Once I finally arrived at the campground, I was relieved to find that I was the only one there.  I rested my pack on a bench-table seat and sat to enjoy a snack following my exertions.  What a feeling I had, while my legs were swinging on that bench and I was eating my sandwich.  Looking out over the trees in the afternoon sunlight and knowing that I was free!  That I was here!  That I had nowhere else to be!

Mt. Lowe Campground 1/14

I had reached the campground and took time to read it's informative historical exhibits, but my goal was to reach the nearby summit of Mt. Lowe that day.  Not wanting to lug as heavy a pack as I had been carrying further, I climbed into the woods on the hillside above the ruins of the old resort and stashed my tent and sleeping bag behind a tree.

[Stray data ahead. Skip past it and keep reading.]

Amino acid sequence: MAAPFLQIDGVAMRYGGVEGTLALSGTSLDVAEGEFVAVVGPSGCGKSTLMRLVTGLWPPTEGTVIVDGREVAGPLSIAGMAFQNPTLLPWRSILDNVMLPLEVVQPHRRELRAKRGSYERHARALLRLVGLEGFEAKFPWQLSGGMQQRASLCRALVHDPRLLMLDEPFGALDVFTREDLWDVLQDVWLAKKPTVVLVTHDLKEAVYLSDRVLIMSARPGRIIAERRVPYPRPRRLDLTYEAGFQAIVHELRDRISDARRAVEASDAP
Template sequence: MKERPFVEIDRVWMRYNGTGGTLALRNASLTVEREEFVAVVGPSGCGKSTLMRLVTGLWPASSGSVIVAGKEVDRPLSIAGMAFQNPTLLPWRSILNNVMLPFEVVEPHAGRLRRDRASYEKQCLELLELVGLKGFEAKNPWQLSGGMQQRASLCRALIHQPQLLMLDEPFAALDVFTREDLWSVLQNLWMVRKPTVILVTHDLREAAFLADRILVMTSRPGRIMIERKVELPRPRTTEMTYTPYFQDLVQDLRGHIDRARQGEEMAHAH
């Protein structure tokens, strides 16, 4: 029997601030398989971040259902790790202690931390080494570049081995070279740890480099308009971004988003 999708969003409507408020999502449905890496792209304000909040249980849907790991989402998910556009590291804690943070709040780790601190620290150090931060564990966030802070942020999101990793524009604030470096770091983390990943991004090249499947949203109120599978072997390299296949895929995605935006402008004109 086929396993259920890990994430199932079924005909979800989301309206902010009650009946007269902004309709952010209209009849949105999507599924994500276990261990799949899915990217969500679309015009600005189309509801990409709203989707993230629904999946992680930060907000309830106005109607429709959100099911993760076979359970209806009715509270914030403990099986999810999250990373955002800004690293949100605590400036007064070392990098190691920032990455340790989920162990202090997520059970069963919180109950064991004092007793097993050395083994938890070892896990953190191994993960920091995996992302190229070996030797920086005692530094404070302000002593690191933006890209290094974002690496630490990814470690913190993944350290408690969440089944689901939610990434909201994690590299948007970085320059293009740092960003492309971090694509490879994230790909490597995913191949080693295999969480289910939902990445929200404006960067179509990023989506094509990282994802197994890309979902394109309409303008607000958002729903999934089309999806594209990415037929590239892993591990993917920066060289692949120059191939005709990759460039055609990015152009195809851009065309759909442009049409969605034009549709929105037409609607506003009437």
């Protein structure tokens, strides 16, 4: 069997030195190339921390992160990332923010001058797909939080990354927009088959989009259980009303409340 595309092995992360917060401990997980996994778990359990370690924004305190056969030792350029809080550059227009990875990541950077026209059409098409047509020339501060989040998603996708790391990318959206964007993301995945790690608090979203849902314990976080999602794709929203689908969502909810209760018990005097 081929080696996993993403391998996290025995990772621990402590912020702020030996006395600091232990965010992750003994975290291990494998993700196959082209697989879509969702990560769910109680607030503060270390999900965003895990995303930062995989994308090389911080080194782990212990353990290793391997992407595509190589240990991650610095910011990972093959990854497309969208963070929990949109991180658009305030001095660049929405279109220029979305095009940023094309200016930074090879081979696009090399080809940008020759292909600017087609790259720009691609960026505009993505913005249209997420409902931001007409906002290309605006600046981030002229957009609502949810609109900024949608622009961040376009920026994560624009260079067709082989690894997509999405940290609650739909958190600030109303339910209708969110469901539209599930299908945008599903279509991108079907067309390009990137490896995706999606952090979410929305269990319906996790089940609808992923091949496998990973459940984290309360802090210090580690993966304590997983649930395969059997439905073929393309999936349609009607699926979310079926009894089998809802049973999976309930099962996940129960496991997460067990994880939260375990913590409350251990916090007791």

Ye Alpine Tavern - the current site of Mt. Lowe Campground

This was all new country to me now, and I passed first the site of old cottages that had housed guests and maids of the resort as far back as the 1800s.  When finally I reached the summit of Mt. Lowe, I admired the pictures of Professor Thaddeus Lowe and some other old-timers in fine dress on the summit of the former Oak Mountain (later renamed for Lowe.)

I ignored the group of eight or so affluent-looking folks (who had obviously walked in from the nearby Mt. Wilson Road) and gazed out upon the horizon and to the valley below.  I actually managed to text my brother from that height and let him know that I’d made it!  It was good to receive his response, and I admired and explored the peak a while longer.